Yet this year is the last year we will study this film. I have become quite adept at showing films and knowing where to skip over the "inappropriate" aka "sex" scenes, so that is not the reason I am not showing it anymore. I am ashamed to say that it has to do with the offensive portrayal of Asians in the film that I wasn't aware of until this year, even though the film was released three years ago and I have watched it numerous times.
What roused this awareness? At the beginning of the school year I give my students the writing prompt: When was the first time you realized racism existed? I ask for great detail in describing the event and the impact it had on them. A Korean student shared a couple of horrible experiences that made me want to cry. So, near the beginning of the film, as Sam's daughter is fussing and complaining and snarls, "I hate the smell of kimchi" and treats the shop owner like an annoying fly - I immediately looked at the student who shared her experience with prejudice in the writing prompt.
The next scene is with reporters. The white male is speaking philosophically with the main character, Riggan. The white woman reporter is talking gibberish about pig semen and youth to create silly non news - she is obviously the stereotypical vapid woman in the entertainment industry and then there is the Japanese man speaking broken English as though all he understands is the superhero presentation of the actor, in other words, he is talking like a tourist with limited command of the English language. Although there is commentary to be made about the presentation of the stereotypes, there is not enough to justify its placement.
I asked to talk with the student after class and I apologized. I thanked her for her honesty in responding to the writing prompt I gave at the beginning of the year and told her it was because of her willingness to be so honest and open that I realized how offensive the portrayals are. She thanked me for understanding and admitted that when they presented themselves in the movie her first thought was, "here we go again."
No matter how brief the scene or line - it is in the film and it changes the experience. I couldn't enjoy it like I had before. As an African American educator I am painfully aware of what it feels like to be marginalized for the sake of presenting an idea. So, I am clipping the wings of Birdman and putting what used to be one of my favorite films in the never to be watched again piles.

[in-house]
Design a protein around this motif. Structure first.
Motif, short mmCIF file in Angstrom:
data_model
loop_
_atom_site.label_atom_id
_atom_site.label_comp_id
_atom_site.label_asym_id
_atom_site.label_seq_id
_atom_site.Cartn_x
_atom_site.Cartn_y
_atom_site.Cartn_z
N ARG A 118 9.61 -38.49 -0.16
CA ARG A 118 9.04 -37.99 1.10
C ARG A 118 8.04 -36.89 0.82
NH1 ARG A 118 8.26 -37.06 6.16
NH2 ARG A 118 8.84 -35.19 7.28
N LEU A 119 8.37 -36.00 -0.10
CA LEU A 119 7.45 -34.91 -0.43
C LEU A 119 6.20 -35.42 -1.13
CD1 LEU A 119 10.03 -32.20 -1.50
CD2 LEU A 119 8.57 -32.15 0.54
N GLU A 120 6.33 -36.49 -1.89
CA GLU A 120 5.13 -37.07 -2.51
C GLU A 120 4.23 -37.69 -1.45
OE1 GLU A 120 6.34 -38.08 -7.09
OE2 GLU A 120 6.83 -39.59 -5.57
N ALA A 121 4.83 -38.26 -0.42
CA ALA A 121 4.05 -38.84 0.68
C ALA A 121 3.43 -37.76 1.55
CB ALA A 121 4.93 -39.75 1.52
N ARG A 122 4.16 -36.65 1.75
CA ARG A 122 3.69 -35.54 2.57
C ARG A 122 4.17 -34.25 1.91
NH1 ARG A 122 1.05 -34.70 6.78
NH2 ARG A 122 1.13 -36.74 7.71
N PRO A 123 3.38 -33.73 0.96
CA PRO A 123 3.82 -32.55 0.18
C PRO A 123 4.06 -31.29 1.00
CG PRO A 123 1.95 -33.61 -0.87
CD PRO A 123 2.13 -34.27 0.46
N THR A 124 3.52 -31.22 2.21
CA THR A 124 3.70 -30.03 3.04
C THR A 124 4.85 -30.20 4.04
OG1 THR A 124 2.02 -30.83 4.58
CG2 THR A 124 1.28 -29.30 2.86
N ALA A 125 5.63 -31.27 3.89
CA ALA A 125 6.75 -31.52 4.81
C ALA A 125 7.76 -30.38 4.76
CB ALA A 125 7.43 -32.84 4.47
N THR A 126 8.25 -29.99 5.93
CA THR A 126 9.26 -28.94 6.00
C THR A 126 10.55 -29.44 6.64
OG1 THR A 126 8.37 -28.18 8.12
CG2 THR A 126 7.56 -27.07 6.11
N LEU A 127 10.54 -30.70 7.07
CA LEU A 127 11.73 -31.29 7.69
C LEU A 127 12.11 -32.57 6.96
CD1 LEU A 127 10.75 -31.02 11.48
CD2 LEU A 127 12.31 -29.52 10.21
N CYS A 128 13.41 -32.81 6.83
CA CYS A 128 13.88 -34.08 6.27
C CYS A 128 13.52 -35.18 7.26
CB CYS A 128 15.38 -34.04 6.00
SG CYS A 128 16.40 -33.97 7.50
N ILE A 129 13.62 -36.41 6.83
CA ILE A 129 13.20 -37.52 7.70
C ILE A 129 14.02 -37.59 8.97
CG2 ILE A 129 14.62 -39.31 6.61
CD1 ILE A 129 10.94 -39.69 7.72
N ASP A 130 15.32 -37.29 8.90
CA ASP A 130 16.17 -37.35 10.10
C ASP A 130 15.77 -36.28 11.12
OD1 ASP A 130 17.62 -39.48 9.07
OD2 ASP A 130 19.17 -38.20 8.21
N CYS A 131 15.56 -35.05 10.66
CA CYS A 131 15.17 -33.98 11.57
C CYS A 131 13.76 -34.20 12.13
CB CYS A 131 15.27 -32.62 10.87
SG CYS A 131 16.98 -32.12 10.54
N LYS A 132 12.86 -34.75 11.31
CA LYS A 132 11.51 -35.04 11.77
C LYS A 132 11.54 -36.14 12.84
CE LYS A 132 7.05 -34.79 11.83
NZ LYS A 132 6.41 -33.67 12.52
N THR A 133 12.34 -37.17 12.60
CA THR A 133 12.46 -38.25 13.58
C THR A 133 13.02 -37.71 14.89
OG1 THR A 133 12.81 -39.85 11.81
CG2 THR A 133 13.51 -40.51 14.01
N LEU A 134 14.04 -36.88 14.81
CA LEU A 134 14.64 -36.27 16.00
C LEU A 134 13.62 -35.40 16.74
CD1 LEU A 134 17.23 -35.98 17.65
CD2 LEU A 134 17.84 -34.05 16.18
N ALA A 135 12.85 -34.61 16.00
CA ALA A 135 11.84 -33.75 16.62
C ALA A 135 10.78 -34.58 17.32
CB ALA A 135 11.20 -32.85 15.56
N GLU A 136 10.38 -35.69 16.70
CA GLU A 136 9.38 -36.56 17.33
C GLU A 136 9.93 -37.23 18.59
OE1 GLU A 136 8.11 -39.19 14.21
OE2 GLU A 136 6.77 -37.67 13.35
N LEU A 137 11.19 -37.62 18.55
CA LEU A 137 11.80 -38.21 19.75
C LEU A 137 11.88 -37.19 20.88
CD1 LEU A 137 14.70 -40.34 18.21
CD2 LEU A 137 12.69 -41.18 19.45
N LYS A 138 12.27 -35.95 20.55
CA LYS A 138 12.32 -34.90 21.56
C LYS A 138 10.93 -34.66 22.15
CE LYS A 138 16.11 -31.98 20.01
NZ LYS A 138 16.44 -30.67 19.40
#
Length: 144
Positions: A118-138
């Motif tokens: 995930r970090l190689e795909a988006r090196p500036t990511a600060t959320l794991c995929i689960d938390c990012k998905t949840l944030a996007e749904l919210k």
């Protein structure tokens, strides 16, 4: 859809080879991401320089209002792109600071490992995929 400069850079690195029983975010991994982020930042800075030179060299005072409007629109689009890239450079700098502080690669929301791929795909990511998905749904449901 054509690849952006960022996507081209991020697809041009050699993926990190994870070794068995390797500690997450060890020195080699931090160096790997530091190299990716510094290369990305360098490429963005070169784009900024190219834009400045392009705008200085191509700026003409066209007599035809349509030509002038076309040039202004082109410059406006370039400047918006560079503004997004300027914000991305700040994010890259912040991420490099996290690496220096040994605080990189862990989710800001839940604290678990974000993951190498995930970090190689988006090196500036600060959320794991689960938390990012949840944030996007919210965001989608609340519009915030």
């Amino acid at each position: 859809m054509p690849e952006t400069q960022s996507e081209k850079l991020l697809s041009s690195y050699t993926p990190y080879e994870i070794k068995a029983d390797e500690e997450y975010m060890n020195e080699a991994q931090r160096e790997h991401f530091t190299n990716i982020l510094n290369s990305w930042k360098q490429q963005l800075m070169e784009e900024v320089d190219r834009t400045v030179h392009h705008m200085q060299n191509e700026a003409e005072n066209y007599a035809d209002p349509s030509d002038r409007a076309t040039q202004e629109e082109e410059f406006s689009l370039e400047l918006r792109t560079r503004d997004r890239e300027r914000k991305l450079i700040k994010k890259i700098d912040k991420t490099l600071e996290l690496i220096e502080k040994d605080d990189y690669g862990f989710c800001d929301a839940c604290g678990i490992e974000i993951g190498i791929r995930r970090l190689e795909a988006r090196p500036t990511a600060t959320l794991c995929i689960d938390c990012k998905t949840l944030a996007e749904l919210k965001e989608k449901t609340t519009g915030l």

October 14th, San Bernardino Valley College (SBVC) had a 90th Anniversary Gala Event. As a graduate from the community college, I was invited to be one of the 90. What an awesome honor! What an honor to be included in such a wonderful celebration. Part of the celebration was a dinner to help raise scholarship money for students.
Although this is a once in a lifetime event, family comes first and there was a schedule conflict that prohibited me from attending the Gala. A week later, I was on the campus with a friend and much to my amazement there was a huge banner of the 90 alumni being celebrated. I was so stunned. Following is a photo of the banner.
Thank you SBVC for making education affordable. Attending community college allowed me to complete freshman and sophomore years without accumulating debt. It was a safe environment for me to explore options, learn my strengths and weaknesses, and find encouragement while working towards an attainable goal. What it provided for me then, it continues to do the same for its current students.
As a high school teacher, I see many young people fighting to get into Ivy League institutions, as well as colleges and universities that cost thousands upon hundreds of thousands of dollars. While the names are impressive, the cost of prestige can be daunting. Unless a student has parents who have a substantial college fund and can afford the cost, or a full ride scholarship, or substantial grants - a community college makes the most financial sense. SBVC is a great segue between high school and a four-year college/university, and it is an opportunity for a young person to have time to explore career and education options. It is an invaluable bridge to a successful future.
I feel like a chihuahua staring into a lion's mouth. This is how one of the freshmen students described how it feels to present a speech in front of the class. That line was one of the best things that happened to me today. I have been toting that image around with me, seeing the horrifying yawn of demise...phrased so beautiful. As you might imagine, the student's speech and delivery were impeccable.
Days like this, I am grateful to be a teacher and honored that students participate in the creative process of learning.
Posts are brainstorms for lessons and presentations;
reflections on lesson presentations; and
trends in society that impact education and scholarly climate.
Posts in the "On the Write Side" blog are personal observations regarding the craft of writing and presentation, and the venues and writing community experiences.